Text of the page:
www.digitalmars.com         C & C++   DMDScript  

digitalmars.D - A switch/case too far...

reply Mike James <deepc fishing.net> writes:
I was looking thru some DWT examples and there is plenty of code like this...

if (myObj is thisObj)
    // do something
else if (myObj is thatObj)
    // do something else
else ...

It occured to me how much neater it would be if the there was a switch/case
construct that could deal with it..

switch (myObj) {
    case thisObj:
        // do something
        break;
    case thatObj:
        // do something else
        break;
    default:
        // do nothing
}

I'm not sure how much compiler 'magic' would be required :-)
May 20 2008
next sibling parent reply "Koroskin Denis" <2korden gmail.com> writes:
On Tue, 20 May 2008 15:06:38 +0400, Mike James <deepc fishing.net> wrote:

 I was looking thru some DWT examples and there is plenty of code like  
 this...

 if (myObj is thisObj)
     // do something
 else if (myObj is thatObj)
     // do something else
 else ...

 It occured to me how much neater it would be if the there was a  
 switch/case construct that could deal with it..

 switch (myObj) {
     case thisObj:
         // do something
         break;
     case thatObj:
         // do something else
         break;
     default:
         // do nothing
 }

 I'm not sure how much compiler 'magic' would be required :-)

There is a pitfall: should the compiler check for logical equality (opEqual) or instance equality (is)? "myObj is thisObj" is definately not the same as "myObj == thisObj", but how do you choose? And what about possible side effects? a.opEquals(b) can give different result each time being called, and therefor cannot be used in a switch statement unless it's marked as pure, which is to be implemented, I hope :)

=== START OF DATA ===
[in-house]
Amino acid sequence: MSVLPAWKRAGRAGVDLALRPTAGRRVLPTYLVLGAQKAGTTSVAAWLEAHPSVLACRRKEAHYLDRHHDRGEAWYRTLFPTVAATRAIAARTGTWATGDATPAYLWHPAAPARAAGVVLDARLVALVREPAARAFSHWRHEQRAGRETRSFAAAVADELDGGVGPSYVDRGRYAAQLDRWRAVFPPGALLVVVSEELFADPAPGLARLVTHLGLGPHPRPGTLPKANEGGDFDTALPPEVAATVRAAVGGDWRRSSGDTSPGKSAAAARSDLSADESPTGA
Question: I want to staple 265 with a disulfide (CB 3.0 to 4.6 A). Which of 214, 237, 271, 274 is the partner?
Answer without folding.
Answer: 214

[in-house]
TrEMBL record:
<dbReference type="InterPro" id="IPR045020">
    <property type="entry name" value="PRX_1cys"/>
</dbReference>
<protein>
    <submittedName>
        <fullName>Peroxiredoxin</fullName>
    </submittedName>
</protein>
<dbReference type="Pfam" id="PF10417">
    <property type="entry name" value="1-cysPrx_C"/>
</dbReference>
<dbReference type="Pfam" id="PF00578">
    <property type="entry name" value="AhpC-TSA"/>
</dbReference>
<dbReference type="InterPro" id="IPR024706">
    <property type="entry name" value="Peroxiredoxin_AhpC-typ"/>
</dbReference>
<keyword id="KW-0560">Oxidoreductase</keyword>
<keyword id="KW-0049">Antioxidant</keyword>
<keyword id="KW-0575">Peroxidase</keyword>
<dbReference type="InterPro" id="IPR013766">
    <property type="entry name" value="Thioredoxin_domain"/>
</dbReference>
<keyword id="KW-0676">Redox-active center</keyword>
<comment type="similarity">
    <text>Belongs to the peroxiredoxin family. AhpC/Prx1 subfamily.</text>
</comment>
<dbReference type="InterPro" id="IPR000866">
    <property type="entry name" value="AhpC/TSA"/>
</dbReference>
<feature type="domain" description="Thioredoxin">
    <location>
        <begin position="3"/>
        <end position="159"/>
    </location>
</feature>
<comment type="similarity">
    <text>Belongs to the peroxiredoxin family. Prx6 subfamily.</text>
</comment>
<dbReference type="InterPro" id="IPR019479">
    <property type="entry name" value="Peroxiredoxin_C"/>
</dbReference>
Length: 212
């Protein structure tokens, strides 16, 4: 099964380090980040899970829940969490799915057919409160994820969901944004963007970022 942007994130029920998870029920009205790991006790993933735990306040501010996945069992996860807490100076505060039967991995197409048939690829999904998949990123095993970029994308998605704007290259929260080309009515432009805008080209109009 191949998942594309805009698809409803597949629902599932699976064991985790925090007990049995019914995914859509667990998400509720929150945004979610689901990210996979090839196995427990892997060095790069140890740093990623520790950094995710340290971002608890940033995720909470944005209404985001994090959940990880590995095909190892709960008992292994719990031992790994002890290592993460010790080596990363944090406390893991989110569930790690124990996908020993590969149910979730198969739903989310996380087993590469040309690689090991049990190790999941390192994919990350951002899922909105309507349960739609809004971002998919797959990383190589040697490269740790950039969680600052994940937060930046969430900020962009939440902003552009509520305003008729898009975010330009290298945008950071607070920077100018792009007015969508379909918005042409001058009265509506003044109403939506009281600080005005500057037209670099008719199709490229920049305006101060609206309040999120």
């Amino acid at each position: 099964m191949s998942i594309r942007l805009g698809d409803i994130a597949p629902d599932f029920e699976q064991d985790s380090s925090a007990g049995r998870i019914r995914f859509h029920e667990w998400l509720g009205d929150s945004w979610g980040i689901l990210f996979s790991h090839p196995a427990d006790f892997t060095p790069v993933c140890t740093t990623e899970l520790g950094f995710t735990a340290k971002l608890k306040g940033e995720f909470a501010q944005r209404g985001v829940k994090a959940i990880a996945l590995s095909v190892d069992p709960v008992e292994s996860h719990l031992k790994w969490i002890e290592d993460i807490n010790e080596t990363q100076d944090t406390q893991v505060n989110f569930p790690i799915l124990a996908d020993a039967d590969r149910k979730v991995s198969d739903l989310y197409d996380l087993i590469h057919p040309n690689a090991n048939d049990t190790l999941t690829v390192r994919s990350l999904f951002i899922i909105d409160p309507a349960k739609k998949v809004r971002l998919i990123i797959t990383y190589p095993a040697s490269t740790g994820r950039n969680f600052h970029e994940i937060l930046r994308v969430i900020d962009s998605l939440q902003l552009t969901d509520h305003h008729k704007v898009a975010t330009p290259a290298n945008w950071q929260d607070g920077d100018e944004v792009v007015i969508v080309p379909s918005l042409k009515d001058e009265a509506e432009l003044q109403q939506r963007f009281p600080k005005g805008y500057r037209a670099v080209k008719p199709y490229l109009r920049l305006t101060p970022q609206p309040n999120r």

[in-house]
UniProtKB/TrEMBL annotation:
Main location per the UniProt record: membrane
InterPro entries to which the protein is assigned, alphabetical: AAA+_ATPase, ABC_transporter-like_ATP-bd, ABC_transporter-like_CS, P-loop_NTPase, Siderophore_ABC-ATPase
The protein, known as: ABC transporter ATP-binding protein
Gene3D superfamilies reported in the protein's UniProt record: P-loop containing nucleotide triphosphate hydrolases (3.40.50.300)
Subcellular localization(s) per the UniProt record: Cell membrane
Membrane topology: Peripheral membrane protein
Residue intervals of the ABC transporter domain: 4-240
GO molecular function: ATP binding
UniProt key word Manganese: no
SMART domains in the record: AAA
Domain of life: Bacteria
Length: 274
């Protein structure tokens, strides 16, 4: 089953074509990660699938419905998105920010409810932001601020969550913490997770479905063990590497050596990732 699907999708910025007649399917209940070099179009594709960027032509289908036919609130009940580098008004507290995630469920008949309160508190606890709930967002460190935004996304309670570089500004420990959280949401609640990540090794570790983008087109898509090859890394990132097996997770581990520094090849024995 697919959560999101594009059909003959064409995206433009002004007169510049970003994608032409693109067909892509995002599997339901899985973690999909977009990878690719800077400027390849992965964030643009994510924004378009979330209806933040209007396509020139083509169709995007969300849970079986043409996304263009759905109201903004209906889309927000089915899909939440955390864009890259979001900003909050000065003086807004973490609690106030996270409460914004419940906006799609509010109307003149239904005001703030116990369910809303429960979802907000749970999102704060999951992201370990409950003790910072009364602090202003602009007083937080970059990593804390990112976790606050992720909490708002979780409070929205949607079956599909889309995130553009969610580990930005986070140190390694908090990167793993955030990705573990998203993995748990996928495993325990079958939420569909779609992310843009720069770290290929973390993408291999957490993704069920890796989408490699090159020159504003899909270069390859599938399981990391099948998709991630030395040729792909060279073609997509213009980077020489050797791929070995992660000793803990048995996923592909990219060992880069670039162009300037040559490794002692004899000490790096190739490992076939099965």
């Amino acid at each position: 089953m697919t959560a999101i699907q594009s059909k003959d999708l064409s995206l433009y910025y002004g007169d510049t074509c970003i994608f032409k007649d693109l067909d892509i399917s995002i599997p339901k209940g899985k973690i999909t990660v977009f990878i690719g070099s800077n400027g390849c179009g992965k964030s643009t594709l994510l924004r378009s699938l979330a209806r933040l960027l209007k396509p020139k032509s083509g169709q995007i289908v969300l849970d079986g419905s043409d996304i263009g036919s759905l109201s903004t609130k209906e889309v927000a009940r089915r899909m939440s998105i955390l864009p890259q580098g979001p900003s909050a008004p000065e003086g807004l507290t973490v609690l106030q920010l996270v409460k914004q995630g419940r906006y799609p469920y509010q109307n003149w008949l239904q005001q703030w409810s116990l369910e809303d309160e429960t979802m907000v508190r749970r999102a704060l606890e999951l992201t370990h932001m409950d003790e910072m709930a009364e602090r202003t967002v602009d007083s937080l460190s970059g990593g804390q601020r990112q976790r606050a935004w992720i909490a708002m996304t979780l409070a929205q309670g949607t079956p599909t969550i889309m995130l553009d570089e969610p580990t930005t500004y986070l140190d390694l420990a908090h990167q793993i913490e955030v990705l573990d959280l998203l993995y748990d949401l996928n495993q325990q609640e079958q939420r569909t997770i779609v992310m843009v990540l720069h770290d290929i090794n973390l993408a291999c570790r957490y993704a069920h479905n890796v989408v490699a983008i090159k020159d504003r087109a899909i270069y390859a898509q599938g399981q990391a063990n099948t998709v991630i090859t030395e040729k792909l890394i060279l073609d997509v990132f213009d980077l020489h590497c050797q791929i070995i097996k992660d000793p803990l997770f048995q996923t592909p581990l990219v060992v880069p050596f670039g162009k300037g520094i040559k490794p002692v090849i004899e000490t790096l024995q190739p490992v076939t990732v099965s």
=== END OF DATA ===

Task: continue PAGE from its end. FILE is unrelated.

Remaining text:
May 20 2008
parent "Unknown W. Brackets" <unknown simplemachines.org> writes:
The simple solution to that would be:

case is thisObj:
case is thatObj:

Makes sense and confuses no one, imho...

-[Unknown]


Koroskin Denis wrote:
 On Tue, 20 May 2008 15:06:38 +0400, Mike James <deepc fishing.net> wrote:
 
 I was looking thru some DWT examples and there is plenty of code like 
 this...

 if (myObj is thisObj)
     // do something
 else if (myObj is thatObj)
     // do something else
 else ...

 It occured to me how much neater it would be if the there was a 
 switch/case construct that could deal with it..

 switch (myObj) {
     case thisObj:
         // do something
         break;
     case thatObj:
         // do something else
         break;
     default:
         // do nothing
 }

 I'm not sure how much compiler 'magic' would be required :-)

There is a pitfall: should the compiler check for logical equality (opEqual) or instance equality (is)? "myObj is thisObj" is definately not the same as "myObj == thisObj", but how do you choose? And what about possible side effects? a.opEquals(b) can give different result each time being called, and therefor cannot be used in a switch statement unless it's marked as pure, which is to be implemented, I hope :)

May 20 2008
prev sibling next sibling parent Sean Reque <seanthenewt yahoo.com> writes:
Mike James Wrote:

 I was looking thru some DWT examples and there is plenty of code like this...
 
 if (myObj is thisObj)